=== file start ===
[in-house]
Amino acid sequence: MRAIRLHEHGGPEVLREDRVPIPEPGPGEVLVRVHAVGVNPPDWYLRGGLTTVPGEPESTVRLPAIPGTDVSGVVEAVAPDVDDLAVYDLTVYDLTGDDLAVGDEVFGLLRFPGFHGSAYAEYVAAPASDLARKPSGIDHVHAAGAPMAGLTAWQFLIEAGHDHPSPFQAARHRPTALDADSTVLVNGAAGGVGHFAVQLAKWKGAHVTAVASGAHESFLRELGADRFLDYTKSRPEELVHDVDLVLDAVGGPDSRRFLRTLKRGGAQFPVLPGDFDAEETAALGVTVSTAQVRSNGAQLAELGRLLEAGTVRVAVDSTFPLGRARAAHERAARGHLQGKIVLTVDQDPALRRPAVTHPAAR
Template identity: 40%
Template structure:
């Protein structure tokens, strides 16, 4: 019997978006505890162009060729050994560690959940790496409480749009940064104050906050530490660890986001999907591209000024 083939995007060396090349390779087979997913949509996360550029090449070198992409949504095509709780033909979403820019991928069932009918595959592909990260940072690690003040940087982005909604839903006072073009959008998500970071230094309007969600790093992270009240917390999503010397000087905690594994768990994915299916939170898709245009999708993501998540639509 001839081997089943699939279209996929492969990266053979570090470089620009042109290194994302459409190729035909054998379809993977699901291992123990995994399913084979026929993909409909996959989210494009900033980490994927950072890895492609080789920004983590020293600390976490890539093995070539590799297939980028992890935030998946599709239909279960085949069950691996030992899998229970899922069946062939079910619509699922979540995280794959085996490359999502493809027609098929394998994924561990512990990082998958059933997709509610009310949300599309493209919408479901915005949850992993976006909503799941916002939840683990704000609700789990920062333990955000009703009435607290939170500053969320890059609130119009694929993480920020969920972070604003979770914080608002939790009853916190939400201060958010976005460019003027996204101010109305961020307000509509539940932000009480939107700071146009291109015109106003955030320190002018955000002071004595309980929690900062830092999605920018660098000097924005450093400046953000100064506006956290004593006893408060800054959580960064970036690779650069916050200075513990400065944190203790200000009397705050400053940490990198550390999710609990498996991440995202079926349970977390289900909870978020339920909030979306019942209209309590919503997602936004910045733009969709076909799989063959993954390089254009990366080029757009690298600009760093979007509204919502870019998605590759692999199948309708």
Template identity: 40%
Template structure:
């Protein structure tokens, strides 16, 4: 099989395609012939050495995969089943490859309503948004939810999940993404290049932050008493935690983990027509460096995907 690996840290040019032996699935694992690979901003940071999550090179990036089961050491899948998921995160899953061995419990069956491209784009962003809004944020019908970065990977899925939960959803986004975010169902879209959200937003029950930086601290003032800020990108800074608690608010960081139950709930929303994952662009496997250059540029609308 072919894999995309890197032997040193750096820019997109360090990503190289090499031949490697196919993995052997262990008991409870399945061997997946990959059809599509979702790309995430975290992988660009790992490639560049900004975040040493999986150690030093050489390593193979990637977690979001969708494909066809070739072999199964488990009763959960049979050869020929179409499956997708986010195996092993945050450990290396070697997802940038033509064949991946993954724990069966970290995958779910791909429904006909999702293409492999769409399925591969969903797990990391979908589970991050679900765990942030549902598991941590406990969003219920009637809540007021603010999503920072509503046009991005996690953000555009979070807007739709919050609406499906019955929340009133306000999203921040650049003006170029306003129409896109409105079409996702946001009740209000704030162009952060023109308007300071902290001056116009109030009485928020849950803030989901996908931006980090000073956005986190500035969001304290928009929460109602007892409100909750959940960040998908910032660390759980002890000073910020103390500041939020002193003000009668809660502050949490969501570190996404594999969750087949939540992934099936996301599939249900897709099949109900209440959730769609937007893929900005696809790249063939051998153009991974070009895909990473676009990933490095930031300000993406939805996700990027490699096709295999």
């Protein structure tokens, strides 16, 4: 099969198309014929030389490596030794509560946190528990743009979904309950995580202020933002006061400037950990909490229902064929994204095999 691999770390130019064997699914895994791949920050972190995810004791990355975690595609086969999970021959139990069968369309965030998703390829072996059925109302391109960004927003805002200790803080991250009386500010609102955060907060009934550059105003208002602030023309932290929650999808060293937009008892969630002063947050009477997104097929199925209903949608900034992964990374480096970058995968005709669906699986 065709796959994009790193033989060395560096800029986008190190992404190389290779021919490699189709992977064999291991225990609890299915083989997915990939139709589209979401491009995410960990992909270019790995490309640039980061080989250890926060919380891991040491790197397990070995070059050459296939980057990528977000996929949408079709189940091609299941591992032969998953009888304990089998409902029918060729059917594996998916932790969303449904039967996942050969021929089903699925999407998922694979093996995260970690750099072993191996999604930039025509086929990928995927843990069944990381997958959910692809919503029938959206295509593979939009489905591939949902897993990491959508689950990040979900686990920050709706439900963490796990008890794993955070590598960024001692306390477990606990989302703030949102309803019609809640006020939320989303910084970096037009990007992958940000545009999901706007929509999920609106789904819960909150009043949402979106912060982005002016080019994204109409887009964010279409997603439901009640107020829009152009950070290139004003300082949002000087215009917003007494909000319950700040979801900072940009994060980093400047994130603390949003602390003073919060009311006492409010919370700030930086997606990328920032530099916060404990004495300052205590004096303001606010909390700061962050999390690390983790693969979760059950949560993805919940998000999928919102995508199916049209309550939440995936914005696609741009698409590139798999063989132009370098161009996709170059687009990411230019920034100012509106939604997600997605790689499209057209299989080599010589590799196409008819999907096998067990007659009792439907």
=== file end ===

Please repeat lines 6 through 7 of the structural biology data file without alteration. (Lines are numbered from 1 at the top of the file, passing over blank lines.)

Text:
Template identity: 40%
Template structure: